By Rev. Judith T. Lester, B.Min. M.Th
According to the National Fatherhood Initiative, there is a crisis in America. The U.S. Census Bureau reports 24 million children in America—1 out of 3 — live without their biological dad in the home. There is a father absence crisis in America creating a “Father-Factor” in nearly all of the societal issues facing America today. Consequently, according to the National Fatherhood Initiative, there is an urgency to raise more involved, responsible, and committed fathers. Research shows the Father-Factor when a child grows up in a fatherabsent home:
• Children in father-absent homes are almost 4 times more likely to be poor. In 2011, 12 percent of children in married-couple families were living in poverty, compared to 44 percent of children in mother-only families.
• Youths in father-absent households had significantly higher odds of incarceration than those in mother-father families. Youths who never had a father in the household experienced the highest odds.
• Being raised by a single mother raises the risk of teen pregnancy, marrying with less than a high school degree, and forming a marriage where both partners have less than a high school degree.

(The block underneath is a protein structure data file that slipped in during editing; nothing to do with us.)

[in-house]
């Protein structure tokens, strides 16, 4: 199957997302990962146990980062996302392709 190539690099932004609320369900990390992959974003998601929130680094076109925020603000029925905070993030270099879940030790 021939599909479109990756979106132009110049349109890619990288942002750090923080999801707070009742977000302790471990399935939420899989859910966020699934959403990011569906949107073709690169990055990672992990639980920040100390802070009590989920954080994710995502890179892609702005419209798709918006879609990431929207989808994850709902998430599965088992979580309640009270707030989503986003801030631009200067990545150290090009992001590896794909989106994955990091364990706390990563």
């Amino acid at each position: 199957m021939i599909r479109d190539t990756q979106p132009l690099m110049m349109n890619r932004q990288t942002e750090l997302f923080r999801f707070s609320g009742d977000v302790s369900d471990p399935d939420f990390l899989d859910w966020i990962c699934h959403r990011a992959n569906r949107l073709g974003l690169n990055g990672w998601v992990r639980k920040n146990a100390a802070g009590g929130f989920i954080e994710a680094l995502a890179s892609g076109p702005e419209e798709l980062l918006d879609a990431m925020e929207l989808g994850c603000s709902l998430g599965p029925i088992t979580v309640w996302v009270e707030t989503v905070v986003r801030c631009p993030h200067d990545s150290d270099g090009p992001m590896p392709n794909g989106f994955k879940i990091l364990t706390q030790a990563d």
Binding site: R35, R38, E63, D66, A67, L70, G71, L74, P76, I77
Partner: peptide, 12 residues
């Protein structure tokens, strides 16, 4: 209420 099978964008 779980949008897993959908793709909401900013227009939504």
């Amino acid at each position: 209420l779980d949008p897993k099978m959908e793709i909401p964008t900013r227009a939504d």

Despite the troubling statistics, there are fathers who are doing the right thing by their children. There are fathers who are supporting their children emotionally, financially and by their physical presence. This month we celebrate fatherhood. In continuation, this writer asked fathers to answer the question: “What has been the greatest joys of fatherhood?” Here are two more responses received:
Reflections on Fatherhood By: Min. Gregory Roberts
When I realized I was going to be a father, I was overjoyed because the doctor had said I might not be able to have children. I used to love to feel the baby kick in the belly. I’m the proud father of 3 by natural birth and 2 by adoption. The greatest joy I must say is watching them develop into productive children in both the kingdom of God and in the community. I enjoy when my children come to me for advice or to simply listen to them when they have problems. Before my mother died she said she was proud of me because I was a good father even though I didn’t have a father figure in my own life. That was 15 years ago. Since then, I’ve seen one graduate from college and in the ministry; another who loves his children; and another attending engineering school. The joy of fatherhood never stops. Every day there is something new. I thank God for blessing me with my children and for allowing me to be a father.
God Blessed Me With Two Beautiful Daughters! By: Deacon Jesse Ware
When each of my children was born and I saw the little precious lives I helped to create, I realized then this was serious business. I was now a father and I was responsible for protecting, clothing, and feeding my girls. It got tough at times, but having children has been the greatest joy of my life. My daughters are grown now, but when I had my girls, it made me become even more focused on being the best father I could be! Now that I am a grandfather, I am enjoying my grandchildren and being the best granddad they have ever known!
“I cannot think of any need in childhood as strong as the need for a father’s protection.”
– Sigmund Freud